His life was threatened numerous times. "I never worried about those threats," said Mr. Jackson. "I just continued to do my job."

In 1981, he recalled taking an undercover assignment that led to the arrest and conviction of one of the biggest marijuana dealers at the time in South Georgia - Arthur James Murrell, of Tifton.

"This guy was heavily involved in dealing marijuana," said Mr. Jackson. "Nobody could catch this guy. He was real good at what he did."

It was one of the most dangerous undercover tasks he ever performed. The dope dealer was known to have as many as 30 assorted weapons at his disposal. The more Agent Jackson became involved in that case, the more he wanted to meet this man one on one.

"I was just a young man so you can imagine how terrified I was to be working on a case like that one," said Agent Jackson. He later made three undercover buys from the man that led to his arrest and subsequent conviction. "That's where the rush for me would come in," he added.

Working undercover required him to live a life of a fictitious person.

In the year and a half probe, a total of 47 persons were arrested.

During his 28 years with the GBI, he's only lost seven cases that have ever gone to trial. "I'm pretty proud of my arrest-conviction record," said Agent Jackson.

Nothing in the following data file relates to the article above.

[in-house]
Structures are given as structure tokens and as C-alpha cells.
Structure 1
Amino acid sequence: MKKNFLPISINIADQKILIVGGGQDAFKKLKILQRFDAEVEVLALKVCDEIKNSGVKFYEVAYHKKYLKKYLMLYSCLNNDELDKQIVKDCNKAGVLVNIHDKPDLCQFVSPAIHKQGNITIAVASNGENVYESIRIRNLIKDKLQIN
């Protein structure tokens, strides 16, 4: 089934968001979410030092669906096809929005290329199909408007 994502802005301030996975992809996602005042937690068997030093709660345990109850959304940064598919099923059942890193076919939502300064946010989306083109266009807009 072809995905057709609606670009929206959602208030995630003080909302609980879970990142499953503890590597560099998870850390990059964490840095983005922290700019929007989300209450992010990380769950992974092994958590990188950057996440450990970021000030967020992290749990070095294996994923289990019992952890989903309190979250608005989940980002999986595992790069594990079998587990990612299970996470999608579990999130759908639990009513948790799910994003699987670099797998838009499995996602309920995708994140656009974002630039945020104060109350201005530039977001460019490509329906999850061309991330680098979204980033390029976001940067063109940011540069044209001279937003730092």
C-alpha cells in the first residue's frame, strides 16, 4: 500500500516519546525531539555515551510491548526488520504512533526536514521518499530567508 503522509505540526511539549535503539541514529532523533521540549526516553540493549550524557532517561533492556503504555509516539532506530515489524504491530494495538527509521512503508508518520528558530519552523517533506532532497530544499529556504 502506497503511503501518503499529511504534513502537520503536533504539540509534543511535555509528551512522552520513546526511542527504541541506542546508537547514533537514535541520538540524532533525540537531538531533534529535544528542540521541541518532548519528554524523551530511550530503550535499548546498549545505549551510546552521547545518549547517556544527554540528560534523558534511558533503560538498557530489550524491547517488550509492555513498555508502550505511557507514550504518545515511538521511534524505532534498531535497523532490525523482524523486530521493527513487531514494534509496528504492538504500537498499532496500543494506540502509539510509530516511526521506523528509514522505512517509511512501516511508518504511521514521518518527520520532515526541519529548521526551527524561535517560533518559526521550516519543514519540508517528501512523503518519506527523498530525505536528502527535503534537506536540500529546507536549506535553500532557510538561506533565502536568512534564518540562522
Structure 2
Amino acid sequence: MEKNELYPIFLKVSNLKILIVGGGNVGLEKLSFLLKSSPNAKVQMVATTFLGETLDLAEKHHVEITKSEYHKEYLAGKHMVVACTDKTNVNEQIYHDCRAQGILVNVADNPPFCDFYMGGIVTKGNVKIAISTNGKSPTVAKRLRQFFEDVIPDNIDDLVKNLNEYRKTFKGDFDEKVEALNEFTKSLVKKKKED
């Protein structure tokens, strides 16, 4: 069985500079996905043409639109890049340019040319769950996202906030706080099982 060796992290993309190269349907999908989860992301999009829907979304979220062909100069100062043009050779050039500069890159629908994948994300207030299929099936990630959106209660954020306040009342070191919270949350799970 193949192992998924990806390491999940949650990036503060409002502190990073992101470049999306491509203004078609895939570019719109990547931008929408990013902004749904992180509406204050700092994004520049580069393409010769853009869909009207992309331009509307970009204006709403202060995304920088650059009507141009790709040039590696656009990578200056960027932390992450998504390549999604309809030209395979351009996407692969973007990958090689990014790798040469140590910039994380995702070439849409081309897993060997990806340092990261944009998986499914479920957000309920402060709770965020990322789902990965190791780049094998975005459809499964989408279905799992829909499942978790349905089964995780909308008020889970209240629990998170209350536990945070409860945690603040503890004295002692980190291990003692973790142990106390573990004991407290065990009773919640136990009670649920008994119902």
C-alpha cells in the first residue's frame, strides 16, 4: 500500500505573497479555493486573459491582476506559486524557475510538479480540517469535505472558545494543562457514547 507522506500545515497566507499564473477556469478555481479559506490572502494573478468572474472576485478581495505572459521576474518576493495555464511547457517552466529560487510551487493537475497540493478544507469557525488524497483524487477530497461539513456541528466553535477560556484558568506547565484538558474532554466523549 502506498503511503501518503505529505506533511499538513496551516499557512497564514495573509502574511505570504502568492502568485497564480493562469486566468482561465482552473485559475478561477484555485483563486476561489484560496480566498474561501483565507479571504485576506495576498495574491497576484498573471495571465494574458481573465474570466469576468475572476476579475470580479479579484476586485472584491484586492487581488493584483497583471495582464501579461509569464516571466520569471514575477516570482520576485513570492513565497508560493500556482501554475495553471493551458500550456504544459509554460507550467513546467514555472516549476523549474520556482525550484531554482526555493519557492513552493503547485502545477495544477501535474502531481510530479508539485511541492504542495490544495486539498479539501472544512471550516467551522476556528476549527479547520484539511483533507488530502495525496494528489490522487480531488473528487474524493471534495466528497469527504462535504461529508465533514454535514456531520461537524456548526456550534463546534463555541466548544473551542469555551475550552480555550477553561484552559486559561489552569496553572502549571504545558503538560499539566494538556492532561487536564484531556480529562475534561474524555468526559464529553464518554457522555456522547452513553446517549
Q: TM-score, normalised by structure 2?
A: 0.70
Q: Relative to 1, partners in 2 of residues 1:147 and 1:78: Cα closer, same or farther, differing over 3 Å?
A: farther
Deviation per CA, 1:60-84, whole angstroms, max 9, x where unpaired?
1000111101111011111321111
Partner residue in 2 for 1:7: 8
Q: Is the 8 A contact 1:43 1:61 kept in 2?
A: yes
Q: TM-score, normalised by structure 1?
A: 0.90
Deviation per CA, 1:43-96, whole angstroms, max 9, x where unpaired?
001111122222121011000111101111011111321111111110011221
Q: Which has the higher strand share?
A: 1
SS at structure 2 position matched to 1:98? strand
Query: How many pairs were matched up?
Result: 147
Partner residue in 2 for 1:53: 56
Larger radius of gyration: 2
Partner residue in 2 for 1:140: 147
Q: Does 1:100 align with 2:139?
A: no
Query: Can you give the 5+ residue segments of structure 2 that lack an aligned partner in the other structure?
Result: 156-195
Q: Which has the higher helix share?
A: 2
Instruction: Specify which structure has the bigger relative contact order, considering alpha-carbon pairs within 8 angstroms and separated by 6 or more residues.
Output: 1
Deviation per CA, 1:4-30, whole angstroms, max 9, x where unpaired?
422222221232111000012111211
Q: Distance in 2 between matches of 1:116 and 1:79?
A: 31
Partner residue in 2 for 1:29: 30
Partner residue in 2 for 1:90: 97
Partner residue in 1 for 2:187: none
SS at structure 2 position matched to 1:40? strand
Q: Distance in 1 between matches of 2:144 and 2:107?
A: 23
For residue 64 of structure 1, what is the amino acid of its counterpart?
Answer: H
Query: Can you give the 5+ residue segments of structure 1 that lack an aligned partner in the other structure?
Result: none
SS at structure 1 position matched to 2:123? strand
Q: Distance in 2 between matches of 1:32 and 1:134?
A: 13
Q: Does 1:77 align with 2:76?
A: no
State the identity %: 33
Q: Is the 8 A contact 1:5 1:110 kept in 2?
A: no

After undercover work, he worked for two years in Metro Atlanta before attending special agent training in 1985. He then assumed an assignment in Statesboro as a field agent before being transferred to the Savannah Regional Drug Office in January 1988 -working an area that covered 47 counties in the state. In January 1989, he was assigned to the Region 7 GBI office in Thomson, where he has been ever since.

"It was time to come back home to be with my parents, whose health was declining and to be closer to the rest of my family and friends," said Agent Jackson, who is divorced and has two grown children.

During his years with the GBI, Agent Jackson said he has tried to perform his job to the best of his ability at all times and to have "heart and compassion" towards people. "What I've done has not been about Teddy Jackson. It's been about enforcing the laws of this state and doing what's right."

Web posted on Thursday, January 24, 2008